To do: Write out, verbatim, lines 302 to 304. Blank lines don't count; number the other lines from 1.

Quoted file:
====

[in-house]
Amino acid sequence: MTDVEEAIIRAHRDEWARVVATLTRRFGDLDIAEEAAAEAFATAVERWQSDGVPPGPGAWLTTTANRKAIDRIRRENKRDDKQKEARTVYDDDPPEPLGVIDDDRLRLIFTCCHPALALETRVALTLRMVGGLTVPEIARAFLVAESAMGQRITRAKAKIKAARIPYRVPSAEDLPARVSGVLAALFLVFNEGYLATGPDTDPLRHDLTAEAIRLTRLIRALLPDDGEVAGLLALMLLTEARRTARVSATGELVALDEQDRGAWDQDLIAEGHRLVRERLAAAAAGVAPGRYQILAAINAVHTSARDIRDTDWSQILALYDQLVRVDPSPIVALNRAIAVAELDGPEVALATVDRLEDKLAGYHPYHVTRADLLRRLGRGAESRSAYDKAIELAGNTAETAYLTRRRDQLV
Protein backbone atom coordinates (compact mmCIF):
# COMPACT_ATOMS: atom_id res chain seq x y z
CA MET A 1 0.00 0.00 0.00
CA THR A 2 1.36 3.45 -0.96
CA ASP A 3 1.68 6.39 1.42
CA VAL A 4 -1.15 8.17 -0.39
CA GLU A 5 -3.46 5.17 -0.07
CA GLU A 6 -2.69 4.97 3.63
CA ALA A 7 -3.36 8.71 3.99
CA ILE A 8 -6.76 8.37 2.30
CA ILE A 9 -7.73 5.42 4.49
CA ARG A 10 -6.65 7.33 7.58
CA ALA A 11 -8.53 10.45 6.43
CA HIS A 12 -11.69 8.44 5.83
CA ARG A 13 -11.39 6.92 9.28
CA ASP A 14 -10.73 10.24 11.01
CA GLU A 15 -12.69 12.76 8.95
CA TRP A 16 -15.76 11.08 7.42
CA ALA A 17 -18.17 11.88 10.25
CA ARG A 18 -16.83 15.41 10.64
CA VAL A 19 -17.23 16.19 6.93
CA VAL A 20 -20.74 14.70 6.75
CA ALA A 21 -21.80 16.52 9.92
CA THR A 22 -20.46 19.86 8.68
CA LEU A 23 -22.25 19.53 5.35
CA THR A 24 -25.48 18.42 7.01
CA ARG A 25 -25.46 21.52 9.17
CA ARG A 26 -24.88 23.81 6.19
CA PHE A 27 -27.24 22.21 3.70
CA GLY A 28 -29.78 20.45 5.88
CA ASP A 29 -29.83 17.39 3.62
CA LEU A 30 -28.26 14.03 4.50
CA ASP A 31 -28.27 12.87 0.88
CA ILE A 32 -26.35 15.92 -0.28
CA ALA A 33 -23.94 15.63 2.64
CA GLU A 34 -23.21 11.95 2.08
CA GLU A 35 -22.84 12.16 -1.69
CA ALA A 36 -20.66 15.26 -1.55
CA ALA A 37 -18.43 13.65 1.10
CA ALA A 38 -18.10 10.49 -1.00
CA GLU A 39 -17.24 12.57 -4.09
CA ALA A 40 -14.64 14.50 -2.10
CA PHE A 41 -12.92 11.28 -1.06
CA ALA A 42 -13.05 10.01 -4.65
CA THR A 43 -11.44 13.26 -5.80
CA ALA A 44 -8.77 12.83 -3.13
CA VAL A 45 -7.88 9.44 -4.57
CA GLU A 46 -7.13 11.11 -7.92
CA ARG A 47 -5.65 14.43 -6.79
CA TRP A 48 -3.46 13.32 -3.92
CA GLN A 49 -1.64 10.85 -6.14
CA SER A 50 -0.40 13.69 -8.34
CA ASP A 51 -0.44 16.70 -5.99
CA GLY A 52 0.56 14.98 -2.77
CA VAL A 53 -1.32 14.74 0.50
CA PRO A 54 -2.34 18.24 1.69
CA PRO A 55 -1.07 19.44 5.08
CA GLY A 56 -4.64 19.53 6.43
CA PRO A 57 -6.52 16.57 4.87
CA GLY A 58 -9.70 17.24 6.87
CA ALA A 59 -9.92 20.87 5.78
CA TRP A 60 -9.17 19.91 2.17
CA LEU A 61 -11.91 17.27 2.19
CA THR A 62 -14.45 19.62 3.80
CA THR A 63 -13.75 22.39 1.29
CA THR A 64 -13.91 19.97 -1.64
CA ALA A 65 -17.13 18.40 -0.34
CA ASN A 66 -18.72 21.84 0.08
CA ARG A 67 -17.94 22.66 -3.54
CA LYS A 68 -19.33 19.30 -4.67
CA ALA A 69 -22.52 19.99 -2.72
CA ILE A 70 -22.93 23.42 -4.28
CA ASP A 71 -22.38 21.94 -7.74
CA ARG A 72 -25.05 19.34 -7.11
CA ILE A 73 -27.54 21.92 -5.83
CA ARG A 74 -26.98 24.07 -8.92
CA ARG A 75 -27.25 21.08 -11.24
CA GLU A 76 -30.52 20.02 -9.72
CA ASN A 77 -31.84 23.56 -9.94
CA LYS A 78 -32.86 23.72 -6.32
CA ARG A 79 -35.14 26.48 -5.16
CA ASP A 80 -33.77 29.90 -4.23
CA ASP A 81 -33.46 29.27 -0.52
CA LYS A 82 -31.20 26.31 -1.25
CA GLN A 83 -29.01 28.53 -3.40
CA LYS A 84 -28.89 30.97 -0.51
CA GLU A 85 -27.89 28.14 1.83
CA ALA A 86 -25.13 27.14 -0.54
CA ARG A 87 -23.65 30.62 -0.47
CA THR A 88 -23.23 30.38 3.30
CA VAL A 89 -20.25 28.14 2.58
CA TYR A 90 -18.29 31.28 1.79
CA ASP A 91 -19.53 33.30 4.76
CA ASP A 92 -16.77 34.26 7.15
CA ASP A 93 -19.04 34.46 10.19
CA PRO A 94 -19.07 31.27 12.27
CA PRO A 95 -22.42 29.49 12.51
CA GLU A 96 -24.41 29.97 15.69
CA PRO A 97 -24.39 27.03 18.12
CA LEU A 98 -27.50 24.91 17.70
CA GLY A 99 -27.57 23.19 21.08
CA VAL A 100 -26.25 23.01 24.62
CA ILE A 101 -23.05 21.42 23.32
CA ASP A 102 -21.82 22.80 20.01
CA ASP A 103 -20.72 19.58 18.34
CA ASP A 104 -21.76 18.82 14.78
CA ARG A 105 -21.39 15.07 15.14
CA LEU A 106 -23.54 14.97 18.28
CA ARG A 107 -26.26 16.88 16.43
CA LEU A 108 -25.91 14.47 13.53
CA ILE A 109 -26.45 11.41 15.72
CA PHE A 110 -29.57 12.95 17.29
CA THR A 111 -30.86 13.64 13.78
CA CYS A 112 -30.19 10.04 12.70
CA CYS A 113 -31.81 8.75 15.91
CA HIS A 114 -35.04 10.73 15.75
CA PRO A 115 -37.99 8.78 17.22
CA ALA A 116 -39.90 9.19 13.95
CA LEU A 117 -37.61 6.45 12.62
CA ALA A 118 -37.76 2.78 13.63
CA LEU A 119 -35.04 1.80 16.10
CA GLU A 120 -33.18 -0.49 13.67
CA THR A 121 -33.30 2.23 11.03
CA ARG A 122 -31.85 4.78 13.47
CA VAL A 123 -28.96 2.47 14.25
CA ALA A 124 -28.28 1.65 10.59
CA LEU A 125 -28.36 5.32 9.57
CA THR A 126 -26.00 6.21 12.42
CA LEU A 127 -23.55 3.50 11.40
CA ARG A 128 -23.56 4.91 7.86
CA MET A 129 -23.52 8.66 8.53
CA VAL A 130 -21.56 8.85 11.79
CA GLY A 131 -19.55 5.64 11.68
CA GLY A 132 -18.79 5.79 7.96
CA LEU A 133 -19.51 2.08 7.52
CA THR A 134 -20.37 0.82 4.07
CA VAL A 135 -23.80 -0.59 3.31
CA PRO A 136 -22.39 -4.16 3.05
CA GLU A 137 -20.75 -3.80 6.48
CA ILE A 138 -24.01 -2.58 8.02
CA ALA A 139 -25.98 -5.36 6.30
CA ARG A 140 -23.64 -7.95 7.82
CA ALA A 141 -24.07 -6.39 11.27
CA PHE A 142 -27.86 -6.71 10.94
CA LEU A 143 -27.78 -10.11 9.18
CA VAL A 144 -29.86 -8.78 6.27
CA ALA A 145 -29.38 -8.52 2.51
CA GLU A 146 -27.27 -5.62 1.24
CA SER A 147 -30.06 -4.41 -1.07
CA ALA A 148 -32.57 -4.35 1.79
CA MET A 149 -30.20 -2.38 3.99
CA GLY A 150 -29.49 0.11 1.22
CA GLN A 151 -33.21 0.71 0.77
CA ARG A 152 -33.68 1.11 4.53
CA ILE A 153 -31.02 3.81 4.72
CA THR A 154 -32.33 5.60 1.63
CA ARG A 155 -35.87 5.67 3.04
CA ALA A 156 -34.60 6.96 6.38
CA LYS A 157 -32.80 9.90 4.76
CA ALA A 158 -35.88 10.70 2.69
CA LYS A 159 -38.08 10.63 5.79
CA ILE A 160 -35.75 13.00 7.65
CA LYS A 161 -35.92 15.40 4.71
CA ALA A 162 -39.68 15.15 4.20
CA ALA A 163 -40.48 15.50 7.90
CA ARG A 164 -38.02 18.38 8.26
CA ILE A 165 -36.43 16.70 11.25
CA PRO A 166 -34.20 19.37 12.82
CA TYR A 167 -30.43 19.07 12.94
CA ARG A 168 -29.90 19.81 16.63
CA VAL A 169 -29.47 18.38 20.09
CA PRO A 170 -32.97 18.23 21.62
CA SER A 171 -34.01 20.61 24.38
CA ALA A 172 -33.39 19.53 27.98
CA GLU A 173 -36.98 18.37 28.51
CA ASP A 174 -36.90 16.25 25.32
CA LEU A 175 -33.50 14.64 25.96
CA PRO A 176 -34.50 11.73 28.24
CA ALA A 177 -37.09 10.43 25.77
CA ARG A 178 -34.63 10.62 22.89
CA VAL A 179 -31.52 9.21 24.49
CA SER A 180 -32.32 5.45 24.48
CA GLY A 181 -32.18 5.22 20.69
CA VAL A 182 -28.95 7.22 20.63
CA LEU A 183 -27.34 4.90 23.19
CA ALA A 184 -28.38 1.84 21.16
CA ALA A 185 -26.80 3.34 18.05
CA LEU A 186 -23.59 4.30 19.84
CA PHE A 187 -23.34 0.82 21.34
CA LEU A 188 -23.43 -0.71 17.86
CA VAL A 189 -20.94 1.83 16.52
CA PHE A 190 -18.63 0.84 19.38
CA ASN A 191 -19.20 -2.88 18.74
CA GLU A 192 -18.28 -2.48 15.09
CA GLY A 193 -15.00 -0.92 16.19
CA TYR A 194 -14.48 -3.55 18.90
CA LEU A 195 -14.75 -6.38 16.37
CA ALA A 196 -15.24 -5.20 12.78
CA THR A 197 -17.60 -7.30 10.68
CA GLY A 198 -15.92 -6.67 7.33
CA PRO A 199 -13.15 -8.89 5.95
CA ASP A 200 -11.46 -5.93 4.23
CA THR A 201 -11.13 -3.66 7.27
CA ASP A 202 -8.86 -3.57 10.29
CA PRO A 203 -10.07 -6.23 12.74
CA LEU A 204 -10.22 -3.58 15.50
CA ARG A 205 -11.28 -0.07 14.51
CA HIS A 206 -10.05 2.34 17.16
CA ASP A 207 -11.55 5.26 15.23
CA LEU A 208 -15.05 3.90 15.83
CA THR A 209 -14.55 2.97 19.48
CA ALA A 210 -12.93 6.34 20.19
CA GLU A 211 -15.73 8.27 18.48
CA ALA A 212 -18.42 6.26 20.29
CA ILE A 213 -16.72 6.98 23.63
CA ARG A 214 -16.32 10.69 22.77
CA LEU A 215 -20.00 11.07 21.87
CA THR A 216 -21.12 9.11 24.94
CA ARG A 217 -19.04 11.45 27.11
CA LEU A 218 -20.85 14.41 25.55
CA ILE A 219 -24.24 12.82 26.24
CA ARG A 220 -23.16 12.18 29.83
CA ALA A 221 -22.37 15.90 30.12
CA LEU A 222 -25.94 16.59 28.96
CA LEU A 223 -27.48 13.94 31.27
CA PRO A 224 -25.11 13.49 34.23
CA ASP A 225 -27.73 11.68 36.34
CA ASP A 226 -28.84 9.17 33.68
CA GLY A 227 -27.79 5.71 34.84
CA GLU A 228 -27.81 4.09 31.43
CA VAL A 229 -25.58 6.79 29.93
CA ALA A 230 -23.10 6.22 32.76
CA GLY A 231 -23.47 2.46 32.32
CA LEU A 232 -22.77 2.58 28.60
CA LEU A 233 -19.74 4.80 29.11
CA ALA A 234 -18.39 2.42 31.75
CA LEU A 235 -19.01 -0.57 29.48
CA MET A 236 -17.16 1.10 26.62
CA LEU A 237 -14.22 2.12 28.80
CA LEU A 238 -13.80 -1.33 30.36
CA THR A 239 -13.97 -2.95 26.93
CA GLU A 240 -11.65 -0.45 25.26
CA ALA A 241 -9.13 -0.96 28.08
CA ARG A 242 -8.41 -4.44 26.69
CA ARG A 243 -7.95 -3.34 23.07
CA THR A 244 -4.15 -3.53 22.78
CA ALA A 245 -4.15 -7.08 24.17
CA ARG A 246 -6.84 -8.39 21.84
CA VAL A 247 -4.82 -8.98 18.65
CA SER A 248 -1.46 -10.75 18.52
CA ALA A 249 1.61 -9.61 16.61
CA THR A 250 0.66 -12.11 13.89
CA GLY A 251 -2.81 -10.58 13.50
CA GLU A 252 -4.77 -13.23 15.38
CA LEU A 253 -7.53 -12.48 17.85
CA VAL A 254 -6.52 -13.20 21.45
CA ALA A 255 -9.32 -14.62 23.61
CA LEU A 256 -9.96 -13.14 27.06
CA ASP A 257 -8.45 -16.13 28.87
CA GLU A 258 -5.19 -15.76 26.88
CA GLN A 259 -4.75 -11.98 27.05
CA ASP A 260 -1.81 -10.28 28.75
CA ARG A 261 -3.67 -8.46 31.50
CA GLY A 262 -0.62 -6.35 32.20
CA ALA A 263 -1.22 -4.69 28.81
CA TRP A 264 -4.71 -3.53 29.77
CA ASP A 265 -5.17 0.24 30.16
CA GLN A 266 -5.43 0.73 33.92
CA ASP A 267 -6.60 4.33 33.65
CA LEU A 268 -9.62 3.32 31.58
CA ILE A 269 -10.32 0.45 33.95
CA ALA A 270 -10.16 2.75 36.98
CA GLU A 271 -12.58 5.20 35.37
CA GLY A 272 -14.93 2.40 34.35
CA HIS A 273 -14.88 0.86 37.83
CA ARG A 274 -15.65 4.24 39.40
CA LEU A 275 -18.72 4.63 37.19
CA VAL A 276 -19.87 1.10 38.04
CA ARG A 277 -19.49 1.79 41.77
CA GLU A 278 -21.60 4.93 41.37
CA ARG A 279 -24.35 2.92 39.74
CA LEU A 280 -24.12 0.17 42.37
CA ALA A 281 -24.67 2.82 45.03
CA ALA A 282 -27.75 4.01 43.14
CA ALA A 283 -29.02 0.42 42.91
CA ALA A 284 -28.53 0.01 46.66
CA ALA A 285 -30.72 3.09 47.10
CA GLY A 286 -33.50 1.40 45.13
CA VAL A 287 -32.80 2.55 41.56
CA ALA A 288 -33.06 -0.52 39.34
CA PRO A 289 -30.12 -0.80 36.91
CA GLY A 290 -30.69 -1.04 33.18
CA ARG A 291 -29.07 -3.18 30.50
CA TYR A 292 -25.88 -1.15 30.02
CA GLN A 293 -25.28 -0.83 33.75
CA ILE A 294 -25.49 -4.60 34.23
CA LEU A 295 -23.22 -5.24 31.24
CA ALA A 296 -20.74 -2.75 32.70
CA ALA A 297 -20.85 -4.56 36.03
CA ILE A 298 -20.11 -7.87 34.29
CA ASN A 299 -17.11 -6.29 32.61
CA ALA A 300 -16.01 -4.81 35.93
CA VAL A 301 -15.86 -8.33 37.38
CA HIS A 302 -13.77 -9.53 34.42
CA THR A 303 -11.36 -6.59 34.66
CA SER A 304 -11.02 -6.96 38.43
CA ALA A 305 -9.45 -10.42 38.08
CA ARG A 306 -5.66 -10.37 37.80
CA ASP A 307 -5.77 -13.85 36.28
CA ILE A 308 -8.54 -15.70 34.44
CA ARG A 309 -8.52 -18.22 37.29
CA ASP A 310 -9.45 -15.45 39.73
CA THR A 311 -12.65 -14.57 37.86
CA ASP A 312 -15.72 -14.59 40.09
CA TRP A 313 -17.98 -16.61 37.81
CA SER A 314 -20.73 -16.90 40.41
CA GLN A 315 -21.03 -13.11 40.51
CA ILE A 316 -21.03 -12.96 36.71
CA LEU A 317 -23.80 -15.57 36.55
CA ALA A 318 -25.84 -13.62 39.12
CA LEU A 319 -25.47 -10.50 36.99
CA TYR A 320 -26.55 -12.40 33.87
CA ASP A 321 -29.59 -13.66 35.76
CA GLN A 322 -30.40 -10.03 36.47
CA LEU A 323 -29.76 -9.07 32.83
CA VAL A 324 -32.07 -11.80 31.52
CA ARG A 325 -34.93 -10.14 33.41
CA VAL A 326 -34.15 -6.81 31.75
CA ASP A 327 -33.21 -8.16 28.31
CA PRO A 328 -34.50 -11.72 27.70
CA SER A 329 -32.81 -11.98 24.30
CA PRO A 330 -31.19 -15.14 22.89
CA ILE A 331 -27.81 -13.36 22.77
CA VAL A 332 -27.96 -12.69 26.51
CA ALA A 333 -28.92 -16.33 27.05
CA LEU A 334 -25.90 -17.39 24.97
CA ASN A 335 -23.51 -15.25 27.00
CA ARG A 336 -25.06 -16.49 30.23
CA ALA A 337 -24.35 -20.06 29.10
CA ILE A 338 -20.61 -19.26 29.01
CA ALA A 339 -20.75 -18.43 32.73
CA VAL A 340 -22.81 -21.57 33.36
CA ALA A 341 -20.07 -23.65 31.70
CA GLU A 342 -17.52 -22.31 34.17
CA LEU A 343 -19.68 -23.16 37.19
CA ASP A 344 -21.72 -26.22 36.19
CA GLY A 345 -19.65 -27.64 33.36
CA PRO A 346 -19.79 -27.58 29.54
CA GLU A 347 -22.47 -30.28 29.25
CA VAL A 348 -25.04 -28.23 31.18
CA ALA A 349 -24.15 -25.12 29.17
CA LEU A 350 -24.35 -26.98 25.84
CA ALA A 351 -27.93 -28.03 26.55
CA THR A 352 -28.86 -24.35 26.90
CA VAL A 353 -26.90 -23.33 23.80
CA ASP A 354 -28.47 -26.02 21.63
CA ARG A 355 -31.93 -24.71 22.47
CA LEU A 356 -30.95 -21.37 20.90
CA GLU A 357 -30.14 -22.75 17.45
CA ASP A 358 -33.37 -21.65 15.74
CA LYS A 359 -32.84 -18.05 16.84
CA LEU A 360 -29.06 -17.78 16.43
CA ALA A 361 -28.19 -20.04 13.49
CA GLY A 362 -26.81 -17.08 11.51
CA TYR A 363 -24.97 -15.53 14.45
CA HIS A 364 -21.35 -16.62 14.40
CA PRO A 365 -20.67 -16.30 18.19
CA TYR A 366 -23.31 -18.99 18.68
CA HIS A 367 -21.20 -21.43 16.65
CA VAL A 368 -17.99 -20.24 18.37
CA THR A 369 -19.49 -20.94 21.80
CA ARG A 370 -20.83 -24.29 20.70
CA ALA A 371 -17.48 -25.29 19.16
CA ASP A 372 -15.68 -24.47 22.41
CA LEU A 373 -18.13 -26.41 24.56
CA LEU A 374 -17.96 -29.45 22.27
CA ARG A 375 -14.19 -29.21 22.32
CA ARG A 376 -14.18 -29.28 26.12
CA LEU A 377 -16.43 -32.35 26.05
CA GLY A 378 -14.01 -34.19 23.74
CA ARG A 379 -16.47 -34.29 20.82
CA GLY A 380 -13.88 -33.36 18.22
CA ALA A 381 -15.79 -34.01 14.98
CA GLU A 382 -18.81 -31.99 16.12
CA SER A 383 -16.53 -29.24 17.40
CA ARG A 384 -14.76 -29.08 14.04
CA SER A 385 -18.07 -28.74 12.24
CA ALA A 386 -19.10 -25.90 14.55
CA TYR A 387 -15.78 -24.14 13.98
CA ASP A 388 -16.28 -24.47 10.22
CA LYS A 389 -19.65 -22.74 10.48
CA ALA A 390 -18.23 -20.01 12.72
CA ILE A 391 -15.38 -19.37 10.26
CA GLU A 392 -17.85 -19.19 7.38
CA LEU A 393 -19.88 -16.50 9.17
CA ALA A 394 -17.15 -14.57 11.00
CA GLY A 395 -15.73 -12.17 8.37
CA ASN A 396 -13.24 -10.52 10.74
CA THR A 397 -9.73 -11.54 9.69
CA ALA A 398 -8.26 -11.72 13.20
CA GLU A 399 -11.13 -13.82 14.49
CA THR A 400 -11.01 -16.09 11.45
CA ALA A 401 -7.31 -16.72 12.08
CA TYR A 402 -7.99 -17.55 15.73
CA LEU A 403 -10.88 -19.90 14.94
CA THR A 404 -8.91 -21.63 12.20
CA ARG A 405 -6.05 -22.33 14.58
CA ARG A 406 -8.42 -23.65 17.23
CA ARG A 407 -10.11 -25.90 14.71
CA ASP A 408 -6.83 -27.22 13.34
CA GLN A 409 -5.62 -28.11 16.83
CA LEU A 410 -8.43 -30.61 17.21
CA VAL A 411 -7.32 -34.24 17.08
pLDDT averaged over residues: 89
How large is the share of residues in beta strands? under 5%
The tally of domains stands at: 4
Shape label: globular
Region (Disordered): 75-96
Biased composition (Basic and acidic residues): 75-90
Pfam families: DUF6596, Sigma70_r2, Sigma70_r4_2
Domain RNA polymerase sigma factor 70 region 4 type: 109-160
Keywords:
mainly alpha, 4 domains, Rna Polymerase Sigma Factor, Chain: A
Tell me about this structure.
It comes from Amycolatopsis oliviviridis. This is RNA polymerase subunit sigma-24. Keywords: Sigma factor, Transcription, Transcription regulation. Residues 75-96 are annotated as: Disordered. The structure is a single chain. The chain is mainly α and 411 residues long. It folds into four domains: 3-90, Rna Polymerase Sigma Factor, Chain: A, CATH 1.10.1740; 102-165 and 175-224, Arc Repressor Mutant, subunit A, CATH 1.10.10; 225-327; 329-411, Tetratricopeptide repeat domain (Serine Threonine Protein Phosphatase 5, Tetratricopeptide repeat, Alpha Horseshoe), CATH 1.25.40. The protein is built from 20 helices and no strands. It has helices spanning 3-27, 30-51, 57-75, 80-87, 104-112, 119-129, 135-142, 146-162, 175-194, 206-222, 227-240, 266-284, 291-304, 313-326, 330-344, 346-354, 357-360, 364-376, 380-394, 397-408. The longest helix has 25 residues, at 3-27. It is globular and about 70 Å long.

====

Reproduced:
CA ILE A 298 -20.11 -7.87 34.29
CA ASN A 299 -17.11 -6.29 32.61
CA ALA A 300 -16.01 -4.81 35.93